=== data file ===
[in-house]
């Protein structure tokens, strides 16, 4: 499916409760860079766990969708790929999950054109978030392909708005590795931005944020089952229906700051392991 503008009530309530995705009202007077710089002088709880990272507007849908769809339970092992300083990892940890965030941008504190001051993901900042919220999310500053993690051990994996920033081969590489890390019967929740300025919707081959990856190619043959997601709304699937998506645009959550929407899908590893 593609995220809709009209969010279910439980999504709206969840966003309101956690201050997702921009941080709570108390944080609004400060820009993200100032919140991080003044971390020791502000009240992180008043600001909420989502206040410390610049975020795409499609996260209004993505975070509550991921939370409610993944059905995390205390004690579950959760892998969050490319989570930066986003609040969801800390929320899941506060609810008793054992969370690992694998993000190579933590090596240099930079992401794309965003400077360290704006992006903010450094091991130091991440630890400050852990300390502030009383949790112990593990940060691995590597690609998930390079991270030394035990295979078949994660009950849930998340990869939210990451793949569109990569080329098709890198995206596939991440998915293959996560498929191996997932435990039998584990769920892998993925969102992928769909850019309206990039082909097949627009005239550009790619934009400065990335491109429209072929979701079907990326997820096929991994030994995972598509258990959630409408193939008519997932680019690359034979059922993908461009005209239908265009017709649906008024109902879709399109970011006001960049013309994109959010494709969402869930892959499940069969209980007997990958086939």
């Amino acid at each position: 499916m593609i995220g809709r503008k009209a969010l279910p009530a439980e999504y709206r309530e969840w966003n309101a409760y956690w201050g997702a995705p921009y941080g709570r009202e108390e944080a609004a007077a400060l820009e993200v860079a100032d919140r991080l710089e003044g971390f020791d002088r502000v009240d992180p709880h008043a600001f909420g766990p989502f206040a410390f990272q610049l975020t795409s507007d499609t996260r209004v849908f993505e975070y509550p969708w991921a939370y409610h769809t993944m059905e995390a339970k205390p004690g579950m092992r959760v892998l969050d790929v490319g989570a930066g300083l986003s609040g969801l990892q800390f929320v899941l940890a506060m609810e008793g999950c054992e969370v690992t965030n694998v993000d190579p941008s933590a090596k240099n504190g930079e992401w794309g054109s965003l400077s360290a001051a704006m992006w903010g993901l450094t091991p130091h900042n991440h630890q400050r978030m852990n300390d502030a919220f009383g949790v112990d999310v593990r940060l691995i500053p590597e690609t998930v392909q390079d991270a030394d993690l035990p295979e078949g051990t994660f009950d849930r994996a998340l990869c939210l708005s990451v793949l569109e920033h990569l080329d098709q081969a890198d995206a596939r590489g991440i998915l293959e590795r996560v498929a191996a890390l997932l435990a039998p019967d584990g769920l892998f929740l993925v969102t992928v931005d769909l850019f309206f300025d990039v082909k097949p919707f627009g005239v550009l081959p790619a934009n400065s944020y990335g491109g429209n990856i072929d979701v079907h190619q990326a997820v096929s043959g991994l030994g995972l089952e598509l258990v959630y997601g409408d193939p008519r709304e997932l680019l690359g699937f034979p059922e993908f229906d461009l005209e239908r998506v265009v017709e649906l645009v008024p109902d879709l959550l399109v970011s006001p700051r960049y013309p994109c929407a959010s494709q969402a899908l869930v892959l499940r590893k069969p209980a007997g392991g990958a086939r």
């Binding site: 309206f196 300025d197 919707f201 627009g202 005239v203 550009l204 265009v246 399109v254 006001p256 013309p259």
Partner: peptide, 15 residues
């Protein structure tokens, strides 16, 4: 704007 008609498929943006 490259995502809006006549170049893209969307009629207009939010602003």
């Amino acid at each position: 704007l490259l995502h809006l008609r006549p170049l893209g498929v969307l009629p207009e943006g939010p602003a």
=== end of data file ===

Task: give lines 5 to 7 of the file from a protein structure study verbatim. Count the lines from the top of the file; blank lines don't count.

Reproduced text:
Partner: peptide, 15 residues
């Protein structure tokens, strides 16, 4: 704007 008609498929943006 490259995502809006006549170049893209969307009629207009939010602003």
């Amino acid at each position: 704007l490259l995502h809006l008609r006549p170049l893209g498929v969307l009629p207009e943006g939010p602003a």